I failed to understand why there was a major problem for 20 years that required Government assistance to replace colony losses when I hadn't experienced it. I recalled that the older beekeepers who said they had no problem with IoW disease tended to be the better beekeepers than those who said they lost a lot of bees.

Despite all the warnings about acarine and nosema, I have only seen less than a handful of colonies die from acarine, none of them mine. Nosema apis has similarly been little problem. It is my strongly held view that both of them are problems of colonies headed by recently imported queens, mainly Italians, not native bees or mongrels. This is based on what I have observed and the fact that when I started beekeeping it was soon after the vary hard 1962/63 winter. Many beekeepers bought imported queens, mainly Italians, and our West Sussex County Beekeeping Instructor said he had never seen so much acarine and nosema. This influx of imports was very similar to what happened during the IoW epidemic. Did history repeat itself to a degree?

Those who said that the "Old British Black" (Amm) bees were susceptible to the IoW disease or had become extinct were often those with an interest, such as bee breeders and/or queen importers. What better way to promote your own products than to discredit what was already here? These people were often the big names in beekeeping at the time, so they were respected and believed. They certainly wouldn't get away with it nowadays.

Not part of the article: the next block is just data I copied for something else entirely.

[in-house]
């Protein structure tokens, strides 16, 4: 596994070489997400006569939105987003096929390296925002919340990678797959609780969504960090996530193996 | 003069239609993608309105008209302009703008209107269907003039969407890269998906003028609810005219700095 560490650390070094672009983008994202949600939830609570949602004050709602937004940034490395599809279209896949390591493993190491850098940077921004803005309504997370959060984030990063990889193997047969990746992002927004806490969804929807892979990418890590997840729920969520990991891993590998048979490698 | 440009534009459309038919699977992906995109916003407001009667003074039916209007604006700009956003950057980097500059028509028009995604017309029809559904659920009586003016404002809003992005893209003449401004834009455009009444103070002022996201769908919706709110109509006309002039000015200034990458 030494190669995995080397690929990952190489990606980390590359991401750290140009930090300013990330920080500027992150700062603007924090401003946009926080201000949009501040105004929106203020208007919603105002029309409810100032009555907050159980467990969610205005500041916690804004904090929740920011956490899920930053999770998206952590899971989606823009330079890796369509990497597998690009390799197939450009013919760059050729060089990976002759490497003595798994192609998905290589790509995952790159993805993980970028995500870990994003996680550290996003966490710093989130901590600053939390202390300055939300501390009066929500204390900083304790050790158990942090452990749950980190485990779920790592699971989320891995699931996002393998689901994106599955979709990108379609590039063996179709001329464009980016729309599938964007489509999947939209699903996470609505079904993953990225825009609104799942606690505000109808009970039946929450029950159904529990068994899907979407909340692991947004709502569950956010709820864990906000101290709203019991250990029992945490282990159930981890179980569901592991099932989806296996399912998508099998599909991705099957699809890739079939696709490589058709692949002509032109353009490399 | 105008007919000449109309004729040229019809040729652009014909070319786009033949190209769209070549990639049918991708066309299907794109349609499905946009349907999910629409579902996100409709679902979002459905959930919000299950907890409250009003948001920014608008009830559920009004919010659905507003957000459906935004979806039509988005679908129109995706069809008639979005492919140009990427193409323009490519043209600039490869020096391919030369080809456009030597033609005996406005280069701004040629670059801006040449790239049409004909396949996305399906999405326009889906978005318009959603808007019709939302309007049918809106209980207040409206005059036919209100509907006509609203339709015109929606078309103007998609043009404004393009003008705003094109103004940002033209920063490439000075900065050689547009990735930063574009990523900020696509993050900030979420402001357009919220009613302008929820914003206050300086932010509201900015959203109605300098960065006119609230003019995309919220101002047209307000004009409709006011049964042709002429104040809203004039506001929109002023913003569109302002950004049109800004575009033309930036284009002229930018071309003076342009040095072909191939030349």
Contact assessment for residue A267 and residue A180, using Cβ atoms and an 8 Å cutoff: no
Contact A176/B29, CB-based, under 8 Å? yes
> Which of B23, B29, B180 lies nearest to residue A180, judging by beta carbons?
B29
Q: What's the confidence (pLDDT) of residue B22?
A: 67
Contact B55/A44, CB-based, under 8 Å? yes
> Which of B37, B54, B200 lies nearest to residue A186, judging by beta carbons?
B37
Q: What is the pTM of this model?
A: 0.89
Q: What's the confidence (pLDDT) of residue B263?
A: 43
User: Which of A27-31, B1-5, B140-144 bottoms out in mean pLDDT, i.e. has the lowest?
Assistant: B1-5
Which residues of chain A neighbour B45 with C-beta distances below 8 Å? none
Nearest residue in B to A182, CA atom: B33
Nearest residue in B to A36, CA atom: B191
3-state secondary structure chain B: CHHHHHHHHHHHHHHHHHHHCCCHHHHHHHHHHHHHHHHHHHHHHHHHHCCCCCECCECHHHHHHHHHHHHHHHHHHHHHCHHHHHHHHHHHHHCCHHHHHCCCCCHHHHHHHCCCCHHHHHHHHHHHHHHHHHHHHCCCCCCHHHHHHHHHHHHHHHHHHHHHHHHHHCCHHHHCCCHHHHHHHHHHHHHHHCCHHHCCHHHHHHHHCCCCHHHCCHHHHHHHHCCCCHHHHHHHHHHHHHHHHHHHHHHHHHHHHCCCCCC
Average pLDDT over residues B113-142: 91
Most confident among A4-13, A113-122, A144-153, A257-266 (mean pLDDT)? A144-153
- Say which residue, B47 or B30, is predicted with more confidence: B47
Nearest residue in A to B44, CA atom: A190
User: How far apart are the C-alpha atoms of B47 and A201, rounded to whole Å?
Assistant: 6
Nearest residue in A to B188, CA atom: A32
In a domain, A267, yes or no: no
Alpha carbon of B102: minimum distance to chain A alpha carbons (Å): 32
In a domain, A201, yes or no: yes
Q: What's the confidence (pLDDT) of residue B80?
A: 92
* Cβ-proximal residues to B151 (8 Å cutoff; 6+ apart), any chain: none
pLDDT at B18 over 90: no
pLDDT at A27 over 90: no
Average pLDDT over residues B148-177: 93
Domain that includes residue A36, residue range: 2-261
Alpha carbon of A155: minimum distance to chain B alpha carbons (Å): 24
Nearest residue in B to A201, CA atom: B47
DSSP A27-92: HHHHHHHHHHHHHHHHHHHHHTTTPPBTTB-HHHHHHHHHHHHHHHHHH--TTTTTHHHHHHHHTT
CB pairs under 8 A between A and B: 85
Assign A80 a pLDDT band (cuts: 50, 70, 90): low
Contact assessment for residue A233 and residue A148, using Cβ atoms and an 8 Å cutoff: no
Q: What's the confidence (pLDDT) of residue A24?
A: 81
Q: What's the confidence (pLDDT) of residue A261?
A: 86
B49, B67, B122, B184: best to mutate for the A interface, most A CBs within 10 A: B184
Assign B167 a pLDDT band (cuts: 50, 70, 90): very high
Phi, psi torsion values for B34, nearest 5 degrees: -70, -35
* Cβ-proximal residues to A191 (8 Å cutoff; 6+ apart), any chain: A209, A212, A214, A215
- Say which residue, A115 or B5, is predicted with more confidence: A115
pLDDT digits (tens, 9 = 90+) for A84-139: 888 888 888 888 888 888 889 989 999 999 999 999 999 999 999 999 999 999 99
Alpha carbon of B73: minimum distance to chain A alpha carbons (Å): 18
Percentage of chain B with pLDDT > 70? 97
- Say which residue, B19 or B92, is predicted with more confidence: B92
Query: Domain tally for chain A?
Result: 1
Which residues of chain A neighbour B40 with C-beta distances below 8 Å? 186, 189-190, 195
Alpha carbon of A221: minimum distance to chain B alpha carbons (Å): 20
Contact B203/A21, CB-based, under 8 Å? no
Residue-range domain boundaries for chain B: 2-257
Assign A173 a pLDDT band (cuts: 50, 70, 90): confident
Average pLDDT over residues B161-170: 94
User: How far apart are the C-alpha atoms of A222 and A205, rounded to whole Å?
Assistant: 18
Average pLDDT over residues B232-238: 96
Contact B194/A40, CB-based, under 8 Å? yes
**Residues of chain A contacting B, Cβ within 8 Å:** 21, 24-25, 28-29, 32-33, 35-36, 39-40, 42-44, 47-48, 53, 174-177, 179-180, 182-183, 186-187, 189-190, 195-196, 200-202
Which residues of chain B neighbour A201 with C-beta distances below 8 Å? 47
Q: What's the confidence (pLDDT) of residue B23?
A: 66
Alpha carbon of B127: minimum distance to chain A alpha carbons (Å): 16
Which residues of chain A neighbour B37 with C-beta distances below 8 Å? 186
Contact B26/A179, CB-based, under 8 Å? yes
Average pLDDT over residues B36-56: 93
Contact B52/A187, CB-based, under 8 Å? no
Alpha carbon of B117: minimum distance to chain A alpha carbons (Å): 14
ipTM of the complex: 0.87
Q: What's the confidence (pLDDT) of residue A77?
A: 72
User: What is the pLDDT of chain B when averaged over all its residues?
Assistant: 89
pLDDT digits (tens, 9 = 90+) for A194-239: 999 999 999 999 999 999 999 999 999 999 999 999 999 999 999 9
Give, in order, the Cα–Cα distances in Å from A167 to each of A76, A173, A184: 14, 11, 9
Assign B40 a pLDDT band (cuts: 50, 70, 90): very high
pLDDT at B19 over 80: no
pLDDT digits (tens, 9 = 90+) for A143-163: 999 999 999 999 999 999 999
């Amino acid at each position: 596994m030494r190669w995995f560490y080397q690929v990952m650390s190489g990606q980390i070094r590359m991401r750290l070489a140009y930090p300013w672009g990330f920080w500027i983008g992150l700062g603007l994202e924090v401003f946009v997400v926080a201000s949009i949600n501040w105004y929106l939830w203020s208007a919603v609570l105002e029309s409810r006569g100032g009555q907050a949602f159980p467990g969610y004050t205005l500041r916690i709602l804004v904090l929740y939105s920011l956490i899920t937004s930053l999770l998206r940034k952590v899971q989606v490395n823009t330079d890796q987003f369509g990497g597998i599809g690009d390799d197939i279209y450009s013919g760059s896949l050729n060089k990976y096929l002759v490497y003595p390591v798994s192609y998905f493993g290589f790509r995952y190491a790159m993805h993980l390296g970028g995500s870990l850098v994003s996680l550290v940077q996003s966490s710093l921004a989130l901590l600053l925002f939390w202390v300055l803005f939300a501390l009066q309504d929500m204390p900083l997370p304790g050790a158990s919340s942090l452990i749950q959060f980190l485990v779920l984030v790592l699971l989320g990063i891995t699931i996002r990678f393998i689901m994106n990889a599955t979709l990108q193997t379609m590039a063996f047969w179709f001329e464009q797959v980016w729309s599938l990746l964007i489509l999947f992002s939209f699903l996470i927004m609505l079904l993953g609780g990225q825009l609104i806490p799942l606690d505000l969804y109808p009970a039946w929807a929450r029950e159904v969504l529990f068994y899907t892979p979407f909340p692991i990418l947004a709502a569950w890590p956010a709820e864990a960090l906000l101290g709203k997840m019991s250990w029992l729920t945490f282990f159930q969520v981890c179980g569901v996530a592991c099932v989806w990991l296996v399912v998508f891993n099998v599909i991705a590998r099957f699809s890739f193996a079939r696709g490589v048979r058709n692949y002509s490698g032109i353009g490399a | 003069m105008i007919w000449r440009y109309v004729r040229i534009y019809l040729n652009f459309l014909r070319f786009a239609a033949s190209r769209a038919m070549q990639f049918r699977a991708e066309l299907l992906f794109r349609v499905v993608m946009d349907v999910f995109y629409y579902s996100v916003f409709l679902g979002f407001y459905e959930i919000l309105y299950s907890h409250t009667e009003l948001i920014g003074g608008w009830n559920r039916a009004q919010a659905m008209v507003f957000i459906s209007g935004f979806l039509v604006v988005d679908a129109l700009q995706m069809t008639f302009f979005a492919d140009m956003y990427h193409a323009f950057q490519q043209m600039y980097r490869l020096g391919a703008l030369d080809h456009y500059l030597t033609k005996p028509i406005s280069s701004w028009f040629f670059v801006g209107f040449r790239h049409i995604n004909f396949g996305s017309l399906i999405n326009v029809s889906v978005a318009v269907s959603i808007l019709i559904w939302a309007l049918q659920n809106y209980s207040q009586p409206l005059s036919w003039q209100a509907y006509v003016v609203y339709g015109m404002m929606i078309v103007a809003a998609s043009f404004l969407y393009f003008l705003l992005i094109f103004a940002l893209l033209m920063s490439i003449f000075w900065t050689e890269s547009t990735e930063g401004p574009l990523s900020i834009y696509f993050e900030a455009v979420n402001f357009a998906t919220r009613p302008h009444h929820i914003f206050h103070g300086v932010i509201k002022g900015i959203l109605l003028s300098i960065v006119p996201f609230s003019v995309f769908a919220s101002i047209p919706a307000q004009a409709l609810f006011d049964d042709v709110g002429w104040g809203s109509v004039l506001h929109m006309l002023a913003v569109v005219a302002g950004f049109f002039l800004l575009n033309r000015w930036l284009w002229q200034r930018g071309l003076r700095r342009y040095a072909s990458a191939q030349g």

We must remember this happened when many beekeepers worked on the land, often six and a half days a week, with much longer days than we are used to. After a day of hard physical work they probably did an hour or so in their vegetable gardens in the evenings, possibly until dusk. Many were still skeppists, or were in the process of converting to moveable frame hives. This change was happening at about the same time as IoW, but meant a much different approach from what they were used to. They had to learn a lot about the workings of a colony and how to manage it in a different way. With the rapid changes in colony management the beekeepers had to learn about simple things like feeding that are commonplace today, but was fresh ground to them. They may have been short of money to buy sugar and not aware that feeding had to be done early.

Around the time of the first world war things must have been very hard with many beekeepers being killed in action. Their bees may have died through neglect and starvation. Certainly in the early 1960s few beekeepers used mouseguards, so it's reasonable to assume they weren't used 50 years earlier. If so, I wonder what state the hives were in after being left for several years.

If imports were used to make up for losses, it may be they were the bees that were susceptible to any acarine and nosema, not the native bees. We know that Italians (Aml) are especially prone to these diseases.

It seems to me there was much more to the IoW disease than was written about at the time. Few people are likely to admit to neglecting their bees or not feeding them, so perhaps the IoW disease was a convenient way of describing their losses.

This is not a deliberate attempt to rewrite history, but quite frankly I think the earlier accounts may be very inaccurate and I am simply questioning them, but based on discussions with beekeepers who had bees at the time, logic and over 50 years of not treating for the diseases that were supposed to have caused the problem. I feel I am justified in highlighting this, especially as others keep recycling the earlier accounts without giving much thought to it.

Roger Patterson.